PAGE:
I’ve been searching for the cockfighting man of Deslondes Street in the Lower 9 for nearly a decade. It hasn’t been easy. None of my connections here in the 9 know him but a few have known of him. I reckon it’s been tough going since 2008 when Louisiana outlawed the sport that kept the man’s bills paid and put food on the table.
The old rooster fighter may have passed but it hasn’t been that many years since the Lower 9 was rural, and farm animals were common even though the area was part and parcel of the cosmopolitan city of New Orleans.
Can you imagine what the 9th Ward was like in 1948?
Charlie Armstead had just built Club Desire which would go on to become one of the US’s most legendary venues.
The Selective Service Act of 1948 was due to be passed and countless young men were conscripted into the military. Jackson Barracks was the site of the conference where the decision was made.
The Louisiana Hayride, a live radio show broadcasting from up the road in Shreveport kicked off on KWKH, a 50,000 watt station on this day back in 1948.
It was a clarion time for country music. WLS in Chicago had a barn dance program. The Grand Ole Opry in Nashville was wildly popular, and the Wheeling Jamboree in Wheeling, West Virginia was routinely packing the house.
As with any creation story there are rival factions with each claiming full credit. On one side of the Louisiana Hayride myth we have the Bailes Brothers, a country act from West Virginia who were met with some success at the Grand Ole Opry in Tennesse before one of the lads girlfriends committed suicide. The puritanical Opry could not have that so the men were summarily fired. They moved west along with WSM (the Opry’s broadcast station) Artist Services Manager Dean Upson who quit his job in solidarity with the Bailes boys.
It was December 1946.
Shreveport must have seemed like the promised land.
Mr Upson landed on his feet and was hired as KWKH sales manager.
The Bailes caught on quick, and began building a following playing barrooms, picnics, auditoriums and church recital halls. Louisiana was super-rural back then and some of their fans reportedly arrived to the shows via oxcart. The Brothers claim they were recruited to come out west by the owners of KWKH to start a radio show based on the Opry.
Of course Horace Logan, a man who’d been employed by KWKH for over a decade had a different perspective. He “created” the Hayride as a linear heir to the Saturday Night Roundup, a formerly successful program that was gutted due to the war effort. After years of employ by the station Logan had scratched his way up the ladder and was now program director.
The wrangling between the Bailes Brothers adherents and the Logan devotees will be raging in minute circles of Louisiana music arcana long after we’re all gone.
But something magical happened in northwest Louisiana starting on April 3rd 1948 when Floyd Acuff strode up to the microphone placed on the stage of the Shreveport Municipal Auditorium. Sadly no known tapes of this performance exist as the FCC did not require radio stations to record their content. If there is a phono acetate of this landmark night it has yet to be found. The Tennessee Mountain boys with Kitty Wells, and Tex Grimsley and the Texas Playboys also commanded the stage that night.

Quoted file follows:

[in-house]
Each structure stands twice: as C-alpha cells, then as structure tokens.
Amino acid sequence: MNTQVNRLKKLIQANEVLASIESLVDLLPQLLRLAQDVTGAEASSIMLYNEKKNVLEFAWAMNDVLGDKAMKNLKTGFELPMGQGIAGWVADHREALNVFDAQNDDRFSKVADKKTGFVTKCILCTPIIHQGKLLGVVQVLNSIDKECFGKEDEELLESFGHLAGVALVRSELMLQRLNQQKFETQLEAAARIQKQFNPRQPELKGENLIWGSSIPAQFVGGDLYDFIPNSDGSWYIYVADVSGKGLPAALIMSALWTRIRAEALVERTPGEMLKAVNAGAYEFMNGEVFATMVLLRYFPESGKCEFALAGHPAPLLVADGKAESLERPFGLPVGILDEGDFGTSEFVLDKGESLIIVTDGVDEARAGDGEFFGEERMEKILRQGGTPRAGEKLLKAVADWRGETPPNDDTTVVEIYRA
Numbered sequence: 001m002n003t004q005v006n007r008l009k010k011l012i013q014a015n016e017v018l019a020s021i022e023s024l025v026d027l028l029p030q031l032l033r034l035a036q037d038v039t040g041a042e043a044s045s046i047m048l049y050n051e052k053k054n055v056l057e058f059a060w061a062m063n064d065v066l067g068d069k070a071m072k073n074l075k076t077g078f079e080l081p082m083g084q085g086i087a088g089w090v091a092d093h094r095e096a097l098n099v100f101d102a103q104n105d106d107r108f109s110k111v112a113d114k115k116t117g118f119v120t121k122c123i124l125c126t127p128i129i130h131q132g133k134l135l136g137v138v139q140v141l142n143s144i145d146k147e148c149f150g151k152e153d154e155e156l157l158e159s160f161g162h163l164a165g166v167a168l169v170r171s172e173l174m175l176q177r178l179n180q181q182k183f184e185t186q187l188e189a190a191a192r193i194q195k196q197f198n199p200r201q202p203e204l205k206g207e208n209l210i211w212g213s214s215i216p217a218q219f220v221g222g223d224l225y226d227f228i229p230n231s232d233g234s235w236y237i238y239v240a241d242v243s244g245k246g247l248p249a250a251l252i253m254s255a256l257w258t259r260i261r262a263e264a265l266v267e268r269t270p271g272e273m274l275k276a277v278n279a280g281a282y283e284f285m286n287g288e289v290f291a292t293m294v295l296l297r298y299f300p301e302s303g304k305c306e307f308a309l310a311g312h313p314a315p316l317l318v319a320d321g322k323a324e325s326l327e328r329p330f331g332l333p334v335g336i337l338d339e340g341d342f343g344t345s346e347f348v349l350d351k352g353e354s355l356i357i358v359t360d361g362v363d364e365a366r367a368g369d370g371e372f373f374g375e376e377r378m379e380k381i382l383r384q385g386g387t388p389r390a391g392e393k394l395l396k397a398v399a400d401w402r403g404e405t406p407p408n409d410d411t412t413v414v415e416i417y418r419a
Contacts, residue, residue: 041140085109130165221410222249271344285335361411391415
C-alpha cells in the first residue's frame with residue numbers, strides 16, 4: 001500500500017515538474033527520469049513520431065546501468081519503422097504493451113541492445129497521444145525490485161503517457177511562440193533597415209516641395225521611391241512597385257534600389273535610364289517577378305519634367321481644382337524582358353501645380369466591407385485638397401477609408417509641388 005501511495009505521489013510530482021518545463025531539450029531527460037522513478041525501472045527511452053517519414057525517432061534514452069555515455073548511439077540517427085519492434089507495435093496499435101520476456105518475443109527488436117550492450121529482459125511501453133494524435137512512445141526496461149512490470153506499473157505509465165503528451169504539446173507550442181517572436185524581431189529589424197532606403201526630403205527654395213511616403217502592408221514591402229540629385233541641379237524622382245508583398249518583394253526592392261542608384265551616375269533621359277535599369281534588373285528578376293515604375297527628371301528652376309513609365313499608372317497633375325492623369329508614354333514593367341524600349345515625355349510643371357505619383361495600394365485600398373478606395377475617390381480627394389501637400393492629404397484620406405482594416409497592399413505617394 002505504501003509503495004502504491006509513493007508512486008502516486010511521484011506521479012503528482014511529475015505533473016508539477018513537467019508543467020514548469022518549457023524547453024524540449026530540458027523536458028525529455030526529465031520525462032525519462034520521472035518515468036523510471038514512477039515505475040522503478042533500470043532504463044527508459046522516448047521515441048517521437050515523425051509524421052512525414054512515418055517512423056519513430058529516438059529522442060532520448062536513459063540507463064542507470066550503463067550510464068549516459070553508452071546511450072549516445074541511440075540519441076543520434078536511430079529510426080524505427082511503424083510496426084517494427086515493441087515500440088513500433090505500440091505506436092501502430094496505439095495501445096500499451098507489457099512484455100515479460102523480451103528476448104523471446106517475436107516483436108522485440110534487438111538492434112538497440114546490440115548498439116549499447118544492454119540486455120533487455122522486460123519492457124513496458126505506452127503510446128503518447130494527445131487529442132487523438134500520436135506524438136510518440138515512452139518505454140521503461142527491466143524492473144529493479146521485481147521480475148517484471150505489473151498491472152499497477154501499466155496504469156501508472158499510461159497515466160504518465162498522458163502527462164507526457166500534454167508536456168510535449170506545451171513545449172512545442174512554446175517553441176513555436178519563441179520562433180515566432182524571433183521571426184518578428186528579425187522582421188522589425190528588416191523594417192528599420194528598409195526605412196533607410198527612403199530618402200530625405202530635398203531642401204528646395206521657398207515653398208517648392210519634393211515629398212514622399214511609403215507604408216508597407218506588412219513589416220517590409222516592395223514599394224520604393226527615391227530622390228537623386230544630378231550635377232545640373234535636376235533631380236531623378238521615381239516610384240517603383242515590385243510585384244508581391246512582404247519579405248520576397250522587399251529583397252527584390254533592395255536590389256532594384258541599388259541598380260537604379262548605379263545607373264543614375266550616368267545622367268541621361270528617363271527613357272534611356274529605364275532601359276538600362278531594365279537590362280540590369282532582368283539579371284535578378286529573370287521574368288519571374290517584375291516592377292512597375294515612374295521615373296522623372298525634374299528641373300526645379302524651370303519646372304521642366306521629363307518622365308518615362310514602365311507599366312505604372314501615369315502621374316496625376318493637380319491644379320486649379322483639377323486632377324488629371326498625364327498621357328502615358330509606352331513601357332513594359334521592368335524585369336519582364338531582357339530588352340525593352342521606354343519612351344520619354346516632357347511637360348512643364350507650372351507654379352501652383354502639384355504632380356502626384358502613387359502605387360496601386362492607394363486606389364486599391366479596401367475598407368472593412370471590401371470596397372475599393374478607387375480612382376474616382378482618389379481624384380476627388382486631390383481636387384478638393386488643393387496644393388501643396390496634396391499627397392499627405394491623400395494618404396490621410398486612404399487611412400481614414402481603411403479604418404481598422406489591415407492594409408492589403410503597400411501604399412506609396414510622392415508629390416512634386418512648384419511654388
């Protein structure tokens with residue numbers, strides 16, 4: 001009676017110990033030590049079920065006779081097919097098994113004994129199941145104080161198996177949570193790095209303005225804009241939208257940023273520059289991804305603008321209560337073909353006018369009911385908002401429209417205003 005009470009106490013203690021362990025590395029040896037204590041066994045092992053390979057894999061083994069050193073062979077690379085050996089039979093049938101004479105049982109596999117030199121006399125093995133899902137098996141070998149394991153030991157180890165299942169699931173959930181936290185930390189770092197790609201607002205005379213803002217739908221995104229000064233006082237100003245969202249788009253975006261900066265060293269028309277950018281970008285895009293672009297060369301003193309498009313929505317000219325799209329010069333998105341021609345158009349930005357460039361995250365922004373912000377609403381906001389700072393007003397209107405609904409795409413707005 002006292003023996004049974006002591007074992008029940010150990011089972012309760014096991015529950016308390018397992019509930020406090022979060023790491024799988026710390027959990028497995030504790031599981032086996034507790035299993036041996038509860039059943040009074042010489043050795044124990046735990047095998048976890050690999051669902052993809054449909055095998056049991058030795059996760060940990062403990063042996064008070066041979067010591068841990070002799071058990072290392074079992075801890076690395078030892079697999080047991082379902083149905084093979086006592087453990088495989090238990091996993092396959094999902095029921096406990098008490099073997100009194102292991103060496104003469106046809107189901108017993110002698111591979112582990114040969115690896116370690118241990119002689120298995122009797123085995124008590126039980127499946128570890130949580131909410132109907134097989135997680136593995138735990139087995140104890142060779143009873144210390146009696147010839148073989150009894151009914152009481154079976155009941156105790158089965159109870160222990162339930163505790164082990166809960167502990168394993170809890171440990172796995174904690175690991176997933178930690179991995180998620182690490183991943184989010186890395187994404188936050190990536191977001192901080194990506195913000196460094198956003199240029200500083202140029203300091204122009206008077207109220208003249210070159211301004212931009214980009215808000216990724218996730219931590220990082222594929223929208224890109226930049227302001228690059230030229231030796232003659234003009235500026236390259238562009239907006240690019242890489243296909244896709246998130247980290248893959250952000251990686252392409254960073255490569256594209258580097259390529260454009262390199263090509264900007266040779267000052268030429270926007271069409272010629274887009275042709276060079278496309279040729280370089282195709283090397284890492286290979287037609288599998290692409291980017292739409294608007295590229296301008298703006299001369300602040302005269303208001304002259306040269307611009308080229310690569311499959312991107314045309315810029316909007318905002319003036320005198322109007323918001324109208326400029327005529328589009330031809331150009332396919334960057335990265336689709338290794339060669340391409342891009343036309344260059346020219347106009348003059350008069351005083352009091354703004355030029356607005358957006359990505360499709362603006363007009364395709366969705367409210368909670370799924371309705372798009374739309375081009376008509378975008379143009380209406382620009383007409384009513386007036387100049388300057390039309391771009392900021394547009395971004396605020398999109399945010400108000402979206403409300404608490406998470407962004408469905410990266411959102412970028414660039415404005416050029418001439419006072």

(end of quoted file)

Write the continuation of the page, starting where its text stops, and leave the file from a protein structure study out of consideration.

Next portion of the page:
The city of Shreveport leased the Hayride to KWKH for just seventy five bucks a night. The old room often went to capacity with nearly 4,000 people in attendance although it was more common for performers to look out over a hall that was half-full.
The most historically significant country singer to come off the Hayride’s stage was Hank Williams. In his young career he’d developed a reputation for hard-living dotted with only intermittent sobriety, and Shreveport would be the place of his rebirth.
In July of 1948: “(Hank) rode into Shreveport with everything he owned on top of an old Chrysler,” recalled Horace Logan.
A month later Williams would make his Hayride debut with country music scholars at odds over the setlist. Depending on who you believe, Hank played Move It On Over and On the Banks of the Old Pontchartrain or I want to Live and Love with x-wife Audrey accompanying
He was 24 years old. Just 10 months later Hank Jr would be born in Shreveport.
Hank would spend the next three years in the Ark-LA-Tex region before buying a home in Nashville.
When Elvis began performing in October of 1954 his guarantee was only $18 a night. In spite of local legend, Elvis’ popularity was a blow to the Hayride as the teenybopper girl-fans ran the old timers who’d supported the show since day one off. After Colonel Tom Parker spirited Elvis away for good on December 15, 1956, the company labored mightily to coax their former regulars back into the fold.
On August 27, 1960, the Louisiana Hayride ended its big run. KWKH would continue using the Hayride brand for touring packages and what have you but the good times were over. The dram had been drunk dry.
In 1971, in a tale fit for a sad country song, radio executive David Kent bought the Hayride from KWKH and moved the show to his barbecue restaurant in Bossier City. The former glory was gone and the concern lurched and stumbled along until 1987 when it finally expired
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